In the same year, John Sickels wrote the following for ESPN.com:
"If you programmed a sentient supercomputer (such as Skynet, Colossus, or Landru) to design a pitching prospect, Tsao would be one possible output. Although he pitches comfortably at 90 mph, Tsao can bring it up to 95-97 mph when needed. His fastball isn't straight; it has "hop" to it, yet he is also able to paint corners. Such a combination of movement and precision can be devastating. Tsao also has an above-average slider. His third pitch, a changeup, is a capable major league offering as well. Tsao has solid command, and is mature for his age. His pitching instincts are strong, and with plenty of experience against good international competition, he doesn't rattle easily. Physically and mentally, he has what it takes to develop into an excellent pitcher."
Talk about ringing up the gold stars. I can't imagine that if Tsao were a stock, that people wouldn't have bid through the roof on him—which leads me to thinking, I wonder if Protrade is going to keep a historical record of that kind of stuff.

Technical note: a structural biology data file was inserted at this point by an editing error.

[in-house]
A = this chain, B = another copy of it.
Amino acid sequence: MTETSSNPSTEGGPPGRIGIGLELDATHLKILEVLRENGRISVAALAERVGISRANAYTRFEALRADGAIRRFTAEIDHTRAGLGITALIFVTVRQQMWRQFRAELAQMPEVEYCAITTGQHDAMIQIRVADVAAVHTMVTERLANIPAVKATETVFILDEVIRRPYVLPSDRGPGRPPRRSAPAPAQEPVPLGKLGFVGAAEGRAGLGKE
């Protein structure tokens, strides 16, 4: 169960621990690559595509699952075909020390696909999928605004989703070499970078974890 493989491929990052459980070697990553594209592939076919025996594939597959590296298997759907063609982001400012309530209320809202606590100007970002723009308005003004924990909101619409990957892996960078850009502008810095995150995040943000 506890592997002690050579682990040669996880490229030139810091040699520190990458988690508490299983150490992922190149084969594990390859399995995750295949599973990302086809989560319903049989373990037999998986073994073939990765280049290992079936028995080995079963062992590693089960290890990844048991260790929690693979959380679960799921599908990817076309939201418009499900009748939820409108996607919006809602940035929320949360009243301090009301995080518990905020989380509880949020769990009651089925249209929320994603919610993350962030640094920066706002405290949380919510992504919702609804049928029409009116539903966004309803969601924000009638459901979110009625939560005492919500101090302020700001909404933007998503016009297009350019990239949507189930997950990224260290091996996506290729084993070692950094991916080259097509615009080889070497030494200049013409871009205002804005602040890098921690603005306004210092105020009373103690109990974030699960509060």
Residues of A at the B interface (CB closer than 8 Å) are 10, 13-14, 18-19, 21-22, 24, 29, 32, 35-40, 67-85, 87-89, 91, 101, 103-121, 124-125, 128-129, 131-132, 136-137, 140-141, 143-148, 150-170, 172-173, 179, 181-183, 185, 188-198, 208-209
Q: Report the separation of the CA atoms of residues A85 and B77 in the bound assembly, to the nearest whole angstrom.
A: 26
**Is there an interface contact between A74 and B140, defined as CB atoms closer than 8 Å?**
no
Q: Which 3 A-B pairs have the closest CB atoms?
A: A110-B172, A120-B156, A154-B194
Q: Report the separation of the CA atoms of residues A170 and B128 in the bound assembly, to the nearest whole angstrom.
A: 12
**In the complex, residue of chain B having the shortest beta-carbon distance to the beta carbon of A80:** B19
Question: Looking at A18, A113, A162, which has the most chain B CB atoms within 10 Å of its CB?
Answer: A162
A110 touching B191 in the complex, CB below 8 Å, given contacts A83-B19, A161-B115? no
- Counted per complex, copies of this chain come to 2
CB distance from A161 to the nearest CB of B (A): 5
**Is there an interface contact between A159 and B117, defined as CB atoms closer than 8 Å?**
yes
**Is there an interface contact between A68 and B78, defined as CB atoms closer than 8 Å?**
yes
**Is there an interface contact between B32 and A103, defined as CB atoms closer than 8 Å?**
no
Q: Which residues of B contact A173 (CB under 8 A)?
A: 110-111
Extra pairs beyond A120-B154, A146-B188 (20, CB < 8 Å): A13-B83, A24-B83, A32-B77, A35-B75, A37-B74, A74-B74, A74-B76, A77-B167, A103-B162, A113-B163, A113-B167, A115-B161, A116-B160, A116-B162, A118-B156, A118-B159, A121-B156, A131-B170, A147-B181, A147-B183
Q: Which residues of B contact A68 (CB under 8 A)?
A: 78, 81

In January of 2007, the Los Angeles Dodgers signed Tsao and as a reliever began the season with a bang, allowing one hit in his first 10 2/3 inning pitched. Then, as the story has so often gone, his shoulder flared up once again, placing him on the disabled list for the second time in the season.
However, keep in mind that this was the first time Tsao had pitched since 2005, and that he was coming off of his second major shoulder surgery. The article mentions that the Dodgers staff was confident they had found the problem early this time, giving me reason to believe that Tsao, as a minor league invite, should provide some strength to the Royals bullpen.
Unfortunately it appears as thought Tsao's career as a big league starter has come to an end. This once top 10 prospect (BaseballProspectus.com July 2003—by the way, get a subscription to this) appears to be not much more then a reliever.
But let's think about that for a moment. Relief pitching is indeed integral to a major league team's success. Many relievers have incredible stuff, but not the stamina, durability, or the arsenal to be starters. Tsao presumably can still throw (6 K, 1 H in 8 IP April 07), and if the 2007 season was any indication of what he has left, outside of two performances (May 6 @ Atl and July 14 @ SF) in which he allowed 75 percent of his runs, 28 percent of his hits, and 38 percent of his walks in a mere 6 percent of his innings pitched, Dayton Moore, in my opinion, looks to have made an excellent "Under the Radar" move.
I anticipate Tsao to slot in as the Royals third or fourth bullpen arm, grabbing a couple of saves and holds but being limited due to his inability to pitch for long periods of time, as well as on back-to-back days.
Considering Moore only had to lock Tsao up for a single season and at around $250K, compared to Speier at four years and $18M, I can't see any reason not to like this deal.